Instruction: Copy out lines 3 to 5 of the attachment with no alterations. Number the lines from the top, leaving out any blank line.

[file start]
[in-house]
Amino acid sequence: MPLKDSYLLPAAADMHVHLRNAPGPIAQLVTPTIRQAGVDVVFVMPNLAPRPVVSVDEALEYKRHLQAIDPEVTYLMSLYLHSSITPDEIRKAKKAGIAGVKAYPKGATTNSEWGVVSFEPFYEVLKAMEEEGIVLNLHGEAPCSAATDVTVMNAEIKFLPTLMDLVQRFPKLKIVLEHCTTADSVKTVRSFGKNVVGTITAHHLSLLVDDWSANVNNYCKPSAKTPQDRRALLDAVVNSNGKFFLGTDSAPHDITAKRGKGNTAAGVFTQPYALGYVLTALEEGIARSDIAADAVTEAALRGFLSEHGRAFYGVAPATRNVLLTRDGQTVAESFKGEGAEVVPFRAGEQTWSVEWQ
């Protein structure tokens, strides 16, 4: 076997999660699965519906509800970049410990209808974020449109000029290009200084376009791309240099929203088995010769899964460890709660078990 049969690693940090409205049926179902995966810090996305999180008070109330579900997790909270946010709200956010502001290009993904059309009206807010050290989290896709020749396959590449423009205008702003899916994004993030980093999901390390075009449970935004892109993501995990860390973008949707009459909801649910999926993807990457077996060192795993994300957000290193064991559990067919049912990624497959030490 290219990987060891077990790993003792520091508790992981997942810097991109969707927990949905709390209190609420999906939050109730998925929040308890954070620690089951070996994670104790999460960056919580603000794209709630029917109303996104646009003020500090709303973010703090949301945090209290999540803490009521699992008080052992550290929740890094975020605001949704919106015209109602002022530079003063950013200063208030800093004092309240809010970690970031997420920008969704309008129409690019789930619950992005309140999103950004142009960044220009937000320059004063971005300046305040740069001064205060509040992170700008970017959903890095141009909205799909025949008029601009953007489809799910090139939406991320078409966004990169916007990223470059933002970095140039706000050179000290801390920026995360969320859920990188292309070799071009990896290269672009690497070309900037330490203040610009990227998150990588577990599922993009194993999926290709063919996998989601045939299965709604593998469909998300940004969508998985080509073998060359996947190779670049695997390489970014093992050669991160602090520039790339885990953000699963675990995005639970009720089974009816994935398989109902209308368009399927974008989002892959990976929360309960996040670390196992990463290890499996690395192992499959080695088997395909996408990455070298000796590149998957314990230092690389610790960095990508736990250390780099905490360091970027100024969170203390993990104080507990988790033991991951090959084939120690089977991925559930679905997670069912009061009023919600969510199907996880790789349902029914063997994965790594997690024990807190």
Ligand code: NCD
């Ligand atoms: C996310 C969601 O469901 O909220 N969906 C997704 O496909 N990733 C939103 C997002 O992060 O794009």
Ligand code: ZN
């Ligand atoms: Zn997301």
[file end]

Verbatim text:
């Protein structure tokens, strides 16, 4: 076997999660699965519906509800970049410990209808974020449109000029290009200084376009791309240099929203088995010769899964460890709660078990 049969690693940090409205049926179902995966810090996305999180008070109330579900997790909270946010709200956010502001290009993904059309009206807010050290989290896709020749396959590449423009205008702003899916994004993030980093999901390390075009449970935004892109993501995990860390973008949707009459909801649910999926993807990457077996060192795993994300957000290193064991559990067919049912990624497959030490 290219990987060891077990790993003792520091508790992981997942810097991109969707927990949905709390209190609420999906939050109730998925929040308890954070620690089951070996994670104790999460960056919580603000794209709630029917109303996104646009003020500090709303973010703090949301945090209290999540803490009521699992008080052992550290929740890094975020605001949704919106015209109602002022530079003063950013200063208030800093004092309240809010970690970031997420920008969704309008129409690019789930619950992005309140999103950004142009960044220009937000320059004063971005300046305040740069001064205060509040992170700008970017959903890095141009909205799909025949008029601009953007489809799910090139939406991320078409966004990169916007990223470059933002970095140039706000050179000290801390920026995360969320859920990188292309070799071009990896290269672009690497070309900037330490203040610009990227998150990588577990599922993009194993999926290709063919996998989601045939299965709604593998469909998300940004969508998985080509073998060359996947190779670049695997390489970014093992050669991160602090520039790339885990953000699963675990995005639970009720089974009816994935398989109902209308368009399927974008989002892959990976929360309960996040670390196992990463290890499996690395192992499959080695088997395909996408990455070298000796590149998957314990230092690389610790960095990508736990250390780099905490360091970027100024969170203390993990104080507990988790033991991951090959084939120690089977991925559930679905997670069912009061009023919600969510199907996880790789349902029914063997994965790594997690024990807190």
Ligand code: NCD
């Ligand atoms: C996310 C969601 O469901 O909220 N969906 C997704 O496909 N990733 C939103 C997002 O992060 O794009």